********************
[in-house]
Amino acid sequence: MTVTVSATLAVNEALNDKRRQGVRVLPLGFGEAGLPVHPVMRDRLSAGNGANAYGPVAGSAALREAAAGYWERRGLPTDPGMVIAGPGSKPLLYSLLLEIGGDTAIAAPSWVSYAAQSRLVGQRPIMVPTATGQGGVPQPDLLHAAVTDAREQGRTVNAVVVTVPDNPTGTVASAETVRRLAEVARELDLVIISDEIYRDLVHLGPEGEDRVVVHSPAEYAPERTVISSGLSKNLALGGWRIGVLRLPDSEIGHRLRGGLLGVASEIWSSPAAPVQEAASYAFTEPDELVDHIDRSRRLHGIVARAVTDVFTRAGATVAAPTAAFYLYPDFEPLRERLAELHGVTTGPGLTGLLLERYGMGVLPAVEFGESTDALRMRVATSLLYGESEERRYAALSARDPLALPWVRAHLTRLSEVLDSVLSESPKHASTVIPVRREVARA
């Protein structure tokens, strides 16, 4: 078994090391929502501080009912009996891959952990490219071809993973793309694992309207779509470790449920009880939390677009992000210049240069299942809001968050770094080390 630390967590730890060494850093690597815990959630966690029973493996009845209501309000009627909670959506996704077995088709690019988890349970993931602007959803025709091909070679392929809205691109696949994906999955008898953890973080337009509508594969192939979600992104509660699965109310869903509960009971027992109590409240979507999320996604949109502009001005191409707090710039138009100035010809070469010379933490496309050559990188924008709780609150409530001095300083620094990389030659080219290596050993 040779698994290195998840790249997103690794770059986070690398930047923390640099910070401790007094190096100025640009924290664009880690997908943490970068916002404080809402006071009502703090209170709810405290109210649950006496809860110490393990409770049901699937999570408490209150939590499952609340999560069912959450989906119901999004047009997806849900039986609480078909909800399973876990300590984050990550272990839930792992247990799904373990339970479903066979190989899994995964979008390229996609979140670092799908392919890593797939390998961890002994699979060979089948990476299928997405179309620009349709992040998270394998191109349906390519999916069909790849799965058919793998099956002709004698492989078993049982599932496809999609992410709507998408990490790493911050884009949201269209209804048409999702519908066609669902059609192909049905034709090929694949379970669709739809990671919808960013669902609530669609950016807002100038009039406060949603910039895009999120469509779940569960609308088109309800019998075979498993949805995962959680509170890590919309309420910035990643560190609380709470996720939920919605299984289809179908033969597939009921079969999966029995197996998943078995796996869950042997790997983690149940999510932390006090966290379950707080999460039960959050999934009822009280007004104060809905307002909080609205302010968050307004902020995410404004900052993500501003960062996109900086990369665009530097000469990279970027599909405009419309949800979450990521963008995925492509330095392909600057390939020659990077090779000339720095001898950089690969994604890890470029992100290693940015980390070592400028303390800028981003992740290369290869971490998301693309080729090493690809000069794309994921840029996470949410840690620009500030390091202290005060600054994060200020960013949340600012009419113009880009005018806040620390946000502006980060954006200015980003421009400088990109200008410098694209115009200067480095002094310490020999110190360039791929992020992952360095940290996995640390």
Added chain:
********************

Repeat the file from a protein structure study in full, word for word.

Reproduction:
[in-house]
Amino acid sequence: MTVTVSATLAVNEALNDKRRQGVRVLPLGFGEAGLPVHPVMRDRLSAGNGANAYGPVAGSAALREAAAGYWERRGLPTDPGMVIAGPGSKPLLYSLLLEIGGDTAIAAPSWVSYAAQSRLVGQRPIMVPTATGQGGVPQPDLLHAAVTDAREQGRTVNAVVVTVPDNPTGTVASAETVRRLAEVARELDLVIISDEIYRDLVHLGPEGEDRVVVHSPAEYAPERTVISSGLSKNLALGGWRIGVLRLPDSEIGHRLRGGLLGVASEIWSSPAAPVQEAASYAFTEPDELVDHIDRSRRLHGIVARAVTDVFTRAGATVAAPTAAFYLYPDFEPLRERLAELHGVTTGPGLTGLLLERYGMGVLPAVEFGESTDALRMRVATSLLYGESEERRYAALSARDPLALPWVRAHLTRLSEVLDSVLSESPKHASTVIPVRREVARA
């Protein structure tokens, strides 16, 4: 078994090391929502501080009912009996891959952990490219071809993973793309694992309207779509470790449920009880939390677009992000210049240069299942809001968050770094080390 630390967590730890060494850093690597815990959630966690029973493996009845209501309000009627909670959506996704077995088709690019988890349970993931602007959803025709091909070679392929809205691109696949994906999955008898953890973080337009509508594969192939979600992104509660699965109310869903509960009971027992109590409240979507999320996604949109502009001005191409707090710039138009100035010809070469010379933490496309050559990188924008709780609150409530001095300083620094990389030659080219290596050993 040779698994290195998840790249997103690794770059986070690398930047923390640099910070401790007094190096100025640009924290664009880690997908943490970068916002404080809402006071009502703090209170709810405290109210649950006496809860110490393990409770049901699937999570408490209150939590499952609340999560069912959450989906119901999004047009997806849900039986609480078909909800399973876990300590984050990550272990839930792992247990799904373990339970479903066979190989899994995964979008390229996609979140670092799908392919890593797939390998961890002994699979060979089948990476299928997405179309620009349709992040998270394998191109349906390519999916069909790849799965058919793998099956002709004698492989078993049982599932496809999609992410709507998408990490790493911050884009949201269209209804048409999702519908066609669902059609192909049905034709090929694949379970669709739809990671919808960013669902609530669609950016807002100038009039406060949603910039895009999120469509779940569960609308088109309800019998075979498993949805995962959680509170890590919309309420910035990643560190609380709470996720939920919605299984289809179908033969597939009921079969999966029995197996998943078995796996869950042997790997983690149940999510932390006090966290379950707080999460039960959050999934009822009280007004104060809905307002909080609205302010968050307004902020995410404004900052993500501003960062996109900086990369665009530097000469990279970027599909405009419309949800979450990521963008995925492509330095392909600057390939020659990077090779000339720095001898950089690969994604890890470029992100290693940015980390070592400028303390800028981003992740290369290869971490998301693309080729090493690809000069794309994921840029996470949410840690620009500030390091202290005060600054994060200020960013949340600012009419113009880009005018806040620390946000502006980060954006200015980003421009400088990109200008410098694209115009200067480095002094310490020999110190360039791929992020992952360095940290996995640390």
Added chain: